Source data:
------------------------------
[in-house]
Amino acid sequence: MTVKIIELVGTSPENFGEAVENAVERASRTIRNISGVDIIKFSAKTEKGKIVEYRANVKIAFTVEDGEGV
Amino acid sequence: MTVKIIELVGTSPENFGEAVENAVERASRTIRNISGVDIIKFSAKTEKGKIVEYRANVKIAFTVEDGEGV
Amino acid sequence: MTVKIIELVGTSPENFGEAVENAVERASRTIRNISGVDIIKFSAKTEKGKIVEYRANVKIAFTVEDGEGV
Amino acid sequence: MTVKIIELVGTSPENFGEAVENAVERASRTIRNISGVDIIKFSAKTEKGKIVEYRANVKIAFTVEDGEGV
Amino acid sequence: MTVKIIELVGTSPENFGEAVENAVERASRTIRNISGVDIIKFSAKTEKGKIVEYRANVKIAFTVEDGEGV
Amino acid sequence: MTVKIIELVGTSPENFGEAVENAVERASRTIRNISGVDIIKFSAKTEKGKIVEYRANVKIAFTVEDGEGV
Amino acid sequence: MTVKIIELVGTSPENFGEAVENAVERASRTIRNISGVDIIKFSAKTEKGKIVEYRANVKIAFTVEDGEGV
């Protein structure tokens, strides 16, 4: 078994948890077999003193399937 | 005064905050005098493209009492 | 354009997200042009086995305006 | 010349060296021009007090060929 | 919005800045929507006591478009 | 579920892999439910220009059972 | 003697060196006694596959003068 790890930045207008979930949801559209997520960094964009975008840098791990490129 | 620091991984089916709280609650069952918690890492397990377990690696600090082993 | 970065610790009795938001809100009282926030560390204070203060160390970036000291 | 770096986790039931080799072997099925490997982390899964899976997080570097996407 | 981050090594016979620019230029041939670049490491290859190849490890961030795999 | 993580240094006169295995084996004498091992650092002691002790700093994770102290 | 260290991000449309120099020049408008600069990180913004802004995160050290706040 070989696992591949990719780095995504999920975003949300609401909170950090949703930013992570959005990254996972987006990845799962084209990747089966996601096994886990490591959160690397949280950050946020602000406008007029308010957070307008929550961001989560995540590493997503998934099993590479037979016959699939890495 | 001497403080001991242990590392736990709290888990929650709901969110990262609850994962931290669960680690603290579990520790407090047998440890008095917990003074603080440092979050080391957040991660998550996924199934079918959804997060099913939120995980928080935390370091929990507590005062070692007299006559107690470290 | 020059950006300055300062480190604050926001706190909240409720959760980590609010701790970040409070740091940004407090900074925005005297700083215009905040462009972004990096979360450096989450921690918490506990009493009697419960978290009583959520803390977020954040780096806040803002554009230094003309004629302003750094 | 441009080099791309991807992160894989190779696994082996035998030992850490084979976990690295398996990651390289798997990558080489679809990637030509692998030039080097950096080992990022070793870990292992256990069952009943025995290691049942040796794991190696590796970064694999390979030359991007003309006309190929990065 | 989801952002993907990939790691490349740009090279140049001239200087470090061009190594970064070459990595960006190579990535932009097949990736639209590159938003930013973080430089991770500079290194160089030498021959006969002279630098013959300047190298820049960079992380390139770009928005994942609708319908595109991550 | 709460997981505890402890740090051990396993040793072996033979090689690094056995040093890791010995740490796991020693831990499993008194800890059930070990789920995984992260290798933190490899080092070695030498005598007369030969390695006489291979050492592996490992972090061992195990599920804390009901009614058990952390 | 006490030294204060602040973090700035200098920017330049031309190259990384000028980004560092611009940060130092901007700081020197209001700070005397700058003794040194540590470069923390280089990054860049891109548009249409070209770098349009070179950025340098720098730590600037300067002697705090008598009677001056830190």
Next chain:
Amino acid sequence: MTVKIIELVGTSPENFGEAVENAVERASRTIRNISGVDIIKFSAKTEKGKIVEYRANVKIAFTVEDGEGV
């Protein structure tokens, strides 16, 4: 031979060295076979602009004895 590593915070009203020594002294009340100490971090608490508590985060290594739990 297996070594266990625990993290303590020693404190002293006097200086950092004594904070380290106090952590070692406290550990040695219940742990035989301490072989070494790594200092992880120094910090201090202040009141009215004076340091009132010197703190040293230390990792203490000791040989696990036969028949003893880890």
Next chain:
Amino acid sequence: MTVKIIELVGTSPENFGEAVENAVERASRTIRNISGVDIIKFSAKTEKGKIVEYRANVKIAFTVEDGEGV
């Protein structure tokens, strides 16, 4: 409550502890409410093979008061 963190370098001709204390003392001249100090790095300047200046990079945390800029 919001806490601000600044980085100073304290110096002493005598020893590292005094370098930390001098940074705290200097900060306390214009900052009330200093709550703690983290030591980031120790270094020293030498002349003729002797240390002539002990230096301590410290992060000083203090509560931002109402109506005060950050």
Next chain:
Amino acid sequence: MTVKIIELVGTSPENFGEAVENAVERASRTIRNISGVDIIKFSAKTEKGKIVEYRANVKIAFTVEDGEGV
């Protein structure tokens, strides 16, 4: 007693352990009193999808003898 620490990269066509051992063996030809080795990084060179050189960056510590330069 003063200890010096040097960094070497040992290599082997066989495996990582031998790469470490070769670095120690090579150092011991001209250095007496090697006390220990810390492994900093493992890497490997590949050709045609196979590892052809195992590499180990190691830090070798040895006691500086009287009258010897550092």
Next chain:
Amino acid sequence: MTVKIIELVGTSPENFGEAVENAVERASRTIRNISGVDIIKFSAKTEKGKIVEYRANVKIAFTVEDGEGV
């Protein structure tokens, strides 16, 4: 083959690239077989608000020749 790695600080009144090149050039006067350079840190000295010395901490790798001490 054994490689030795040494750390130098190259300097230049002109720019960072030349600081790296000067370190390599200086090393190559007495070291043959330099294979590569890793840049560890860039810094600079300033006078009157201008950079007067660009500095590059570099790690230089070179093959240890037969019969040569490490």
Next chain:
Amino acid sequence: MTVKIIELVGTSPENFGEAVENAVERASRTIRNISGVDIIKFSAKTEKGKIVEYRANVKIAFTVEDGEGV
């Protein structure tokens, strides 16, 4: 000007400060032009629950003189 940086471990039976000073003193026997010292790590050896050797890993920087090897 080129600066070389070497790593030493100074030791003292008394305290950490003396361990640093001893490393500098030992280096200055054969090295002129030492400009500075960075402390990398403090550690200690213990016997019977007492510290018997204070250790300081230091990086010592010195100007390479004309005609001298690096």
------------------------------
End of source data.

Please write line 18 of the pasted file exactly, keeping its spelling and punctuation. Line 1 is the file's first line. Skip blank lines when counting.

């Protein structure tokens, strides 16, 4: 007693352990009193999808003898 620490990269066509051992063996030809080795990084060179050189960056510590330069 003063200890010096040097960094070497040992290599082997066989495996990582031998790469470490070769670095120690090579150092011991001209250095007496090697006390220990810390492994900093493992890497490997590949050709045609196979590892052809195992590499180990190691830090070798040895006691500086009287009258010897550092």